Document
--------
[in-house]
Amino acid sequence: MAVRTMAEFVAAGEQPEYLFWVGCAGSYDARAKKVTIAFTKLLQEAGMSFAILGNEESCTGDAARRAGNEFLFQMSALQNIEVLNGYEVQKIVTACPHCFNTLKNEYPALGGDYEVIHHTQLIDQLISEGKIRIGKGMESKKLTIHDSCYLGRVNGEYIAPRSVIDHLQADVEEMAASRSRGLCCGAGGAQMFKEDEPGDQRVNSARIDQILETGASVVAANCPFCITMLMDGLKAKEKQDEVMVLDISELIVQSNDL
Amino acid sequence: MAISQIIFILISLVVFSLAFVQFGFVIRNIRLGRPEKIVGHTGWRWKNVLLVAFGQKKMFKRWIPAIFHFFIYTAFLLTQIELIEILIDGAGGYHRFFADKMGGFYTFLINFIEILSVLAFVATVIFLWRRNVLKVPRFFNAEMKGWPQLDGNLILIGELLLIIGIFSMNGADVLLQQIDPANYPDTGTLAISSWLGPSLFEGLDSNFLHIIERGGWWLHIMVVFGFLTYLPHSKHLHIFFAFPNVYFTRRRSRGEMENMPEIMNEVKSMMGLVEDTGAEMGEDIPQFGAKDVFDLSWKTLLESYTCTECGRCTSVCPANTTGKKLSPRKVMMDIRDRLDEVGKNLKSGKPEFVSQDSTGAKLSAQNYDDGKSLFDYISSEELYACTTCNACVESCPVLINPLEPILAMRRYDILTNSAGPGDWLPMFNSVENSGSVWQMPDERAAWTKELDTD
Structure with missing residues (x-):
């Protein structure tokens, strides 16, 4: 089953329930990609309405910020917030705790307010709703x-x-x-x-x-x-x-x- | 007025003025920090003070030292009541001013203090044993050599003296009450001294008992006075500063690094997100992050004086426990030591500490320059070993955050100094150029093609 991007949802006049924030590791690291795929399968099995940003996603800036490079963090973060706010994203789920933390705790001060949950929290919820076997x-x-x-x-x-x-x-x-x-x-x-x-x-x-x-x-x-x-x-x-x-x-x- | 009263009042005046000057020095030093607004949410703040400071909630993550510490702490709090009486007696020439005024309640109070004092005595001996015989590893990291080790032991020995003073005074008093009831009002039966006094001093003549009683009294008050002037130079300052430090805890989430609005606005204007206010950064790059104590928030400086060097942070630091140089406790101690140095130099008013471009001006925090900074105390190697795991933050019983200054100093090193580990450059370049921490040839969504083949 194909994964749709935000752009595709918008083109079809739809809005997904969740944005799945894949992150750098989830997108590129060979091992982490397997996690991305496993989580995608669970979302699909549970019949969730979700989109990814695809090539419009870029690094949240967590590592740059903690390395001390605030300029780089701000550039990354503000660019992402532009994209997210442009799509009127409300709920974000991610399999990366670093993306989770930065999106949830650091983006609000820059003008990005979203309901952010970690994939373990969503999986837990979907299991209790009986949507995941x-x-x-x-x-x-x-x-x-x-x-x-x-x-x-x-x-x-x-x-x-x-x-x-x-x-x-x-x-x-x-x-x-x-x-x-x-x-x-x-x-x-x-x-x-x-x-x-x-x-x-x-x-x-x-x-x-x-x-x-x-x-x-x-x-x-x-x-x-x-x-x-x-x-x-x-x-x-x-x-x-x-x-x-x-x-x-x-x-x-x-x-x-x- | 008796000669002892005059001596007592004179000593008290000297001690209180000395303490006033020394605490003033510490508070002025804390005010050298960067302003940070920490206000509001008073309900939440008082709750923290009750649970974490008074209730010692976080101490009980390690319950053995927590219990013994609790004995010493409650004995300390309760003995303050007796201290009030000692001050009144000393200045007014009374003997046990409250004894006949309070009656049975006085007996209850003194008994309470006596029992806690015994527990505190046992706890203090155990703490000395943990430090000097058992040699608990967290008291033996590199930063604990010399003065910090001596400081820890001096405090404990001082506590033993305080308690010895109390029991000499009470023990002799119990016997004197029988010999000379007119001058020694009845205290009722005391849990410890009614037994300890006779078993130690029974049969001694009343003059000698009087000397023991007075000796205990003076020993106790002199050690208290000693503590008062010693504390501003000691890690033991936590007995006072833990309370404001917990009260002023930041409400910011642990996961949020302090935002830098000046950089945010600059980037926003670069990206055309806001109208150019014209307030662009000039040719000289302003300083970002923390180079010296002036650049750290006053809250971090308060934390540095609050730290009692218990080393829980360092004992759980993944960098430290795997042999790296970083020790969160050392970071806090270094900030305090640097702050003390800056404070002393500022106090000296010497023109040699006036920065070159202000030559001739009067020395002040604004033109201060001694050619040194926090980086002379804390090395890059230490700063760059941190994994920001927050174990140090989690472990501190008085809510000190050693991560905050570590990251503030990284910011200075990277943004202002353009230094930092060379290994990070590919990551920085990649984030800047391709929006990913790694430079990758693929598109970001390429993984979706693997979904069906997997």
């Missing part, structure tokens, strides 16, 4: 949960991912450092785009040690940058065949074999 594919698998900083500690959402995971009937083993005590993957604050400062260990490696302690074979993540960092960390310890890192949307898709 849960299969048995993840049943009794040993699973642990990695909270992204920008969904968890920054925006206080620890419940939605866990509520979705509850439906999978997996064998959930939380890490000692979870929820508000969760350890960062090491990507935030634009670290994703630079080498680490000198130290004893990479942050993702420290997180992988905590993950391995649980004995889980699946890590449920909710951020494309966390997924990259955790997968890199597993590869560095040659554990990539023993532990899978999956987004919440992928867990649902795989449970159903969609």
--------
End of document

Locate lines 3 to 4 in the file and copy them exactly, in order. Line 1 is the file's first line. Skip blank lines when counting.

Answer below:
Amino acid sequence: MAISQIIFILISLVVFSLAFVQFGFVIRNIRLGRPEKIVGHTGWRWKNVLLVAFGQKKMFKRWIPAIFHFFIYTAFLLTQIELIEILIDGAGGYHRFFADKMGGFYTFLINFIEILSVLAFVATVIFLWRRNVLKVPRFFNAEMKGWPQLDGNLILIGELLLIIGIFSMNGADVLLQQIDPANYPDTGTLAISSWLGPSLFEGLDSNFLHIIERGGWWLHIMVVFGFLTYLPHSKHLHIFFAFPNVYFTRRRSRGEMENMPEIMNEVKSMMGLVEDTGAEMGEDIPQFGAKDVFDLSWKTLLESYTCTECGRCTSVCPANTTGKKLSPRKVMMDIRDRLDEVGKNLKSGKPEFVSQDSTGAKLSAQNYDDGKSLFDYISSEELYACTTCNACVESCPVLINPLEPILAMRRYDILTNSAGPGDWLPMFNSVENSGSVWQMPDERAAWTKELDTD
Structure with missing residues (x-):